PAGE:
Organic standards carry a great deal of weight in American culture.
It’s a buzzword that boosts the price of produce, implies the use of all-natural ingredients and gives consumers a sense of security that they’re doing right by their bodies and the environment.
Cannabis cannot be certified as organic, due to the continued federal prohibition of the wonder-plant. However, that hasn’t stopped hundreds, if not thousands, of businesses from capitalizing on the widespread recognition of the label. This has created one of the most convoluted, confusing and misunderstood subjects in the cannabis industry, both for consumers and businesses alike.
“That word, ‘organic,’ is understood by consumers, but the challenge is that it was being used based on that consumer understanding, but not actually being practiced,” Organic Cannabis Association chairman and co-founder John-Paul Maxfield says. “You wouldn’t accept this from your food, so why would you accept it from what you’re smoking?”
The organic food industry is valued at more than $40 billion in the United States and consumer demand has been on a steady rise since the USDA first introduced the Organic label in 2002. The global market is projected to surpass $200 billion by 2020, according to the California-based firm Grand View Research.
The average shopper may not know the first thing about organic farming, but most still perceive organic products to be somehow healthier than their conventional alternatives.
But in the cannabis industry, the word “organic” has been overused to the point of rendering it meaningless. Although state regulations are slowly squeezing out the phrase, it was at one point as ubiquitous as the simple green crosses that shined like medical marijuana beacons.
Ben Gelt, co-founder of the Organic Cannabis Association, says state agencies should play a greater role in upholding standards related to health and safety. The misleading use of the word “organic” can give marijuana consumers — particularly those using it to treat a medical condition — a false sense of security.
It’s as if the states are saying, “You figure it out, potheads,” Gelt says.
Gelt draws a comparison between shopping for cars and shopping for food. People have been taught to ask questions when they go to buy a car: How many miles are on it? What kind of gas mileage does it get? Has it been involved in previous accidents?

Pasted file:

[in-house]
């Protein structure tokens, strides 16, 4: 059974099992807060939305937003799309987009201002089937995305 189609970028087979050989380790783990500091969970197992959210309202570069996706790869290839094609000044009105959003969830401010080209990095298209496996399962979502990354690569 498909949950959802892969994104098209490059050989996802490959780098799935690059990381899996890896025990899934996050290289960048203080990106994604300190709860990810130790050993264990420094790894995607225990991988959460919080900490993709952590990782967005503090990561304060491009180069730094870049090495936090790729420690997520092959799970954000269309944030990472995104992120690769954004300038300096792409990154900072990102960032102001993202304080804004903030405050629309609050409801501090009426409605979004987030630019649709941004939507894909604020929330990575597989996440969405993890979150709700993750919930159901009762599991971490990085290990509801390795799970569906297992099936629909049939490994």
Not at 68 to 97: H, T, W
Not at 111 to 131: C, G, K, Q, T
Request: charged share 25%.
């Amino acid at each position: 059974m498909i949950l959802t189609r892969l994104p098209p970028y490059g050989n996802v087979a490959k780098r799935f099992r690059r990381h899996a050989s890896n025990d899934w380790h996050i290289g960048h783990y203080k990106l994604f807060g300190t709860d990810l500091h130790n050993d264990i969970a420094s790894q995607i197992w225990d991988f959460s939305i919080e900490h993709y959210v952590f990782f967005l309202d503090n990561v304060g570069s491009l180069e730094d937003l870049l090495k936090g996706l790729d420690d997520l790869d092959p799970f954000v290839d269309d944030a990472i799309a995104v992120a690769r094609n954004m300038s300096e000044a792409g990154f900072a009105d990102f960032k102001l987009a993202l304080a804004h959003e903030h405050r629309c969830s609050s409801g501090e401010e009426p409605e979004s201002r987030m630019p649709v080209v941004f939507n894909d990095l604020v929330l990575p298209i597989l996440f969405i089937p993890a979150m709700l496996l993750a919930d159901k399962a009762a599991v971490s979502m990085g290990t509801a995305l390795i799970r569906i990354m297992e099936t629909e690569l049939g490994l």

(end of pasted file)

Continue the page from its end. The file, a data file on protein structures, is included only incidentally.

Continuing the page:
But at a grocery store — similar to a marijuana retail shop — consumers have become accustomed to believing everything meets an established standard.
“We are a society that has been trained to think things have been done for us,” he says. “Yes, robust standards are needed, but public education is equally important.”
As part of this new monthly section, Marijuana Venture will dig into the ins and outs of organic cannabis production, both from a technical standpoint and from the legal, financial and marketing ramifications.
What is Organic?
To start, it’s important to understand the fundamentals of organic farming in the non-cannabis sense.
Organic is essentially a legal definition signifying that a crop has been certified to meet specific standards established by the USDA’s National Organic Program or the Canada Organic Regime.
In general, organic standards prohibit the use of most synthetic fertilizers and pesticides and require crops to be grown in soil. There are separate standards for livestock and textiles, but the standards for food crops are most applicable to cannabis growers.
The movement to identify organic farming practices began nearly a hundred years ago, but started to gain national momentum in the 1970s, leading to a patchwork of state certification programs and independent certifying agencies. The national programs eventually unified these standards under one umbrella, but the process moved at the sluggish pace of government. In the United States, Congress passed the Organic Foods Production Act in 1990, but didn’t implement standardized regulations until 2002. Canada’s national standards went into effect in 2009.
Considering how long it took for the U.S. and Canada to establish organic standards for fully legal crops, it’s easy to understand why cannabis remains persona non grata in the eyes of federal agriculture departments.
Because there’s no way to have cannabis certified as organic, a small handful of private companies and non-profits have stepped in to fill the void.